The report also said that scientists at the United States (US) National Institute of Health (NIH), will be testing two viruses simultaneously. Experts added that they have been already testing an anti-viral drug called “remdesivir” for patients with Ebola. The remdesivir vaccine has been injected to a SARs-CoV-2 patient. This trial was the first drug to be tested in treating COVID-19.
In a related development, industry chiefs and the International Federation of Pharmaceutical Manufacturers and Associations pharmaceutical industry (IFPMA), expected that it would take 12 to 18 months to roll out a coronavirus vaccine.
They made these known last Thursday, as they jointly pledged to make it available worldwide based on need.
Bureaucracy could be slashed to speed up the process—but the time needed for safety testing could not be compromised, the industry chiefs told a virtual press conference hosted in Geneva.
“We’re confident technology will arrest this disease,” said IFPMA president David Ricks, the chairman of Eli Lilly and Company.
On his part, the Executive Vice President of Sanofi Pasteur, David Loew said, “When you think about how many people we will want to vaccinate—once we have a vaccine—around the world, we’re talking billions, and that’s a huge challenge.
“We need to ensure the safety. It’s going to take 12 to 18 months until you have a registered vaccine on the market,” he added. Meanwhile, takeholders are not focusing on orthodox medicines only in the search for Coronavirus treatment, traditional medicine experts have not been left out in the activities to curb the infection.
On his part, a renowned Scientist and Professor of Pharmacognosy, Professor Maurice M. Iwu, in a recent interview with Pharmanews, said his plant-based medicine for the treatment of COVID-19, could be made available for use within the next few weeks, without compromising safety or regulatory requirements.
Iwu who is the Chief Executive Officer of Bioresources Development Group, said the plant-based treatment has lead compounds and chemically characterised fractions that have been active against more deadly Severe Acute Respiratory Syndrome (SARS) and other lesser known viruses and has shown promise against COVID-19.
Iwu further stated that in a bid to expedite the availability of the revolutionary medicine for patients in Nigeria, he had met the three concerned ministers in Health, Science and Technology, to work out modalities for the product to be ready in a few weeks.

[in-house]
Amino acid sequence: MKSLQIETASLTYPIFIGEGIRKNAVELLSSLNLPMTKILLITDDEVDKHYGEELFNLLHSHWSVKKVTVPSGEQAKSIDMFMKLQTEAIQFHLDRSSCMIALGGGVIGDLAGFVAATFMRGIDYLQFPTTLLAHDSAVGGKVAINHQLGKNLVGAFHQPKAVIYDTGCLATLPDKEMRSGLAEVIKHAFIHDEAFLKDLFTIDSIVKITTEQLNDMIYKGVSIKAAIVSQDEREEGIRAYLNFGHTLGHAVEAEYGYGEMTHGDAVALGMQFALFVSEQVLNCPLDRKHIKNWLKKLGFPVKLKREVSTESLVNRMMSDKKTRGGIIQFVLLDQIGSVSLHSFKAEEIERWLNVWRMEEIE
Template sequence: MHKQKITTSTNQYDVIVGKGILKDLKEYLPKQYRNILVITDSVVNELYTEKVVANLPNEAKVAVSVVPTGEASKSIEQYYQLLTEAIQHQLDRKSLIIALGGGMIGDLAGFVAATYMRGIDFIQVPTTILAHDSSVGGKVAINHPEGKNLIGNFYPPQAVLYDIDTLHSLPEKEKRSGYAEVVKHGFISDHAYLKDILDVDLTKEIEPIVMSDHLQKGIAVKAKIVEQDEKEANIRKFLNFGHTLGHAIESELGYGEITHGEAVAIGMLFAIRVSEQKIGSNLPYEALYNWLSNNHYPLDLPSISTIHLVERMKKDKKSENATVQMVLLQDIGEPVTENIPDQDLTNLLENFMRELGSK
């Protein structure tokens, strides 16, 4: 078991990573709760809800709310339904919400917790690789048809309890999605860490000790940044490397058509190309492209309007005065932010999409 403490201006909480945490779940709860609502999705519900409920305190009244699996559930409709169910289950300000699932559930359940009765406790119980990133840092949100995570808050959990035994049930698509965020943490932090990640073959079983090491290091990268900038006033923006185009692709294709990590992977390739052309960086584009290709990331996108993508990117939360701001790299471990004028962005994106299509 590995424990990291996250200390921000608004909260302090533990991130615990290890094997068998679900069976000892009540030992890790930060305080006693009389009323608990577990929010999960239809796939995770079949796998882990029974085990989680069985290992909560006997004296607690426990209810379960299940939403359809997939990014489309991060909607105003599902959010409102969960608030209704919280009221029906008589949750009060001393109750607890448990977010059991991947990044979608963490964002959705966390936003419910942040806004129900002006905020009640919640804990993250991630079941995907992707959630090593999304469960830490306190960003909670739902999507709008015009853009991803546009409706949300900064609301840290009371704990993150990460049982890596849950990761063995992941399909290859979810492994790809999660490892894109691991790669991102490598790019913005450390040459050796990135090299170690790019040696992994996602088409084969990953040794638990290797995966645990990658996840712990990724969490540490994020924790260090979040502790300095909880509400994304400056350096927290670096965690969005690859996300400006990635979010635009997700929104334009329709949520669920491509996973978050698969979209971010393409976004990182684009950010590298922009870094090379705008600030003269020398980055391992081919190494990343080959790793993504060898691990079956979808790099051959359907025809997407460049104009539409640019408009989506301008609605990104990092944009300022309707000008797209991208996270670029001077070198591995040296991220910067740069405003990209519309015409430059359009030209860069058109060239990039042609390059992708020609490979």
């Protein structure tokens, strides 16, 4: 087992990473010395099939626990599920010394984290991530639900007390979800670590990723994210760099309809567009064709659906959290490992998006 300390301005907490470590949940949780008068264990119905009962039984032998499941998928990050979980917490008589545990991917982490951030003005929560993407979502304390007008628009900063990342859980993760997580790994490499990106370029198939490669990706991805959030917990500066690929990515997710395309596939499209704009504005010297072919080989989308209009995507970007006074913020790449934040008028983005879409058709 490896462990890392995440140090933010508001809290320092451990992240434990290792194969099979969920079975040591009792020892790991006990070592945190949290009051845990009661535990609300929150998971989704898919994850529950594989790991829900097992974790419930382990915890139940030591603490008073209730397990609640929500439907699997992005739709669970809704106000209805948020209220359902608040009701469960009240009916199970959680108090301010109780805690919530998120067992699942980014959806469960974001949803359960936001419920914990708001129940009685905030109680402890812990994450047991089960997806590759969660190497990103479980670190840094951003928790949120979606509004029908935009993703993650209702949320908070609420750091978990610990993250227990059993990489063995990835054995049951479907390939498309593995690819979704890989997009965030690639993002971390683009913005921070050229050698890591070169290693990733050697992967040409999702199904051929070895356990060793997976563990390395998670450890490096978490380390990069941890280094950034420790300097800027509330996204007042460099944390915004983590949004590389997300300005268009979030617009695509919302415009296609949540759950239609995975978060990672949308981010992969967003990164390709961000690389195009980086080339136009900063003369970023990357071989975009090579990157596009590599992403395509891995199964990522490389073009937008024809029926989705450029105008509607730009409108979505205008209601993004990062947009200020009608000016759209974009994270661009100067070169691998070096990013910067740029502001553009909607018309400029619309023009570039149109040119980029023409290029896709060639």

However, he said $2m was required for large scale production of the plant.
According to Iwu, the compound was found active against the more deadly SARS-coronavirus and other lesser known viruses. “So far, it has been found active against four clinically important viruses,” he added.
Furthermore, he said, luckily, the lead compound (BION -3) is one of the most studied natural products in history with a remarkable high safety profile. “There are published reports on its pharmacokinetics profile and the putative mechanism of action are being reviewed.”
Iwu said, “We intend to follow a dual track of developing an active pharmaceutical ingredient with all the phased clinical trials, and a phytomedicine, which will be a combination product formulation containing the three agents (Rhygyfyn) contained in our patents.”
The Nigerian Union of Allied Health Professionals (NUAHP) in a statement signed last week by its President, Dr. O.C Ogbonna and General Secretary, Comrade Martin Adekunle Egbanubi, said it has commissioned its members in various fields, especially pharmacy and medical laboratory science to commence research on (neem) leaves known locally as ‘Dogonyaro,’ its bark as well as other indigenous local herbs and roots aimed at finding natural cure for COVID-19.